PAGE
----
Los Angeles Dodgers, MLB Postseason, Washington Nationals

Looks like Clayton Kershaw was tipping pitches in Game 2 vs. Nationals

Clayton Kershaw added another chapter to a dismal postseason resume Friday night, but the Washington Nationals appear to have cracked a code to give themselves an advantage.

Whenever he’s done pitching, Clayton Kershaw’s three Cy Young Awards and a regular season win percentage that’s currently just shy of 70 percent will get him plenty of Hall of Fame consideration. But his postseason resume is lacking, and he added another chapter in Game 2 of the NLDS against the Washington Nationals.

Kershaw went six innings on Friday night, allowing three runs on six hits with four strikeouts and one walk. He took the 11th postseason loss of his career, as Stephen Strasburg out-pitched him, and Kershaw now has a 4.33 career ERA in the playoffs (2.44 career ERA during the regular season.

Kershaw’s postseason struggles can be chalked up to any number of things, or things in combination that leads to him falling short when it matters the most. Pointing directly to Friday night’s outing, he was definitely allowing harder contact then he had during the regular season over at least the first half of his outing.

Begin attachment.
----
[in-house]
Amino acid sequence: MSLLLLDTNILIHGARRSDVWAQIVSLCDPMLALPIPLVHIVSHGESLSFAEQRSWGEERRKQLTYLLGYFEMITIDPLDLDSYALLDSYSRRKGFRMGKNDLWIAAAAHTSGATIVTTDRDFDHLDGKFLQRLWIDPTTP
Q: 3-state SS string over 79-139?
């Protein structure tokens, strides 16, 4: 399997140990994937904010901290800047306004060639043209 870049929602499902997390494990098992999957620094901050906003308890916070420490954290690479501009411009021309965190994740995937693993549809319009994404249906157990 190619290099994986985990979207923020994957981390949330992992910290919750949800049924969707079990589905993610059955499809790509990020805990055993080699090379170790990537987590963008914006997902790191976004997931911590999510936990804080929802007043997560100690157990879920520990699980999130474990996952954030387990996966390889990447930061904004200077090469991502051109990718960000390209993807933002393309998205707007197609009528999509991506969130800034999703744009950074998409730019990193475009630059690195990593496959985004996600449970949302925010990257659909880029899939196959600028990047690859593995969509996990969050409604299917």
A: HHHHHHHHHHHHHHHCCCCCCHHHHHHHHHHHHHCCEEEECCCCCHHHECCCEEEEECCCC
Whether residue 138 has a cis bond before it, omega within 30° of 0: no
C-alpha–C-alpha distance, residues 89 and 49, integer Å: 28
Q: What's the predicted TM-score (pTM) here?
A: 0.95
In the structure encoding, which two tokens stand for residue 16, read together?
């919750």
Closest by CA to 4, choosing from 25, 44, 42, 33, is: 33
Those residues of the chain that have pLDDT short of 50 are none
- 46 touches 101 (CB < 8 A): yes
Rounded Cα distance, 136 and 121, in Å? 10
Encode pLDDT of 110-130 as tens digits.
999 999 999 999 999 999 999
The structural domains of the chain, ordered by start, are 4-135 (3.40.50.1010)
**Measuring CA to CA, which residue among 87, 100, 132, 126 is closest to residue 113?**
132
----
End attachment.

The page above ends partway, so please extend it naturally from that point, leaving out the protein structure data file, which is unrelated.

During the top of the sixth inning Friday night, during outfielder Victor Robles’ at-bat, the TBS broadcast captured shortstop Trea Turner and outfielder Adam Eaton in the Nationals’ dugout. Turner was clearly demonstrating some kind of pitch-tipping indicators he was seeing from Kershaw.

For further confirmation, former major league pitcher Dallas Braden tweeted a brief video commentary of the same television clip with a caption “Pitch tipping 101 goin’ down in the dugout.”

Right after that clip with Turner and Eaton, Robles took a Kershaw pitch off the wall. That may have been coincidental. But if Turner saw something in the way Kershaw was gripping the ball or showing his wrist more specifically, he surely passed it on to more than one teammate.

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Kershaw is hardly the first pitcher to potentially tip what he’s throwing. Good hitters pick up on those subtleties, via video study and subsequent confirmation in game action, and exploit them. The Dodgers’ coaching staff has probably picked up on what Turner saw, and already passed it on to Kershaw to correct before he pitches again.

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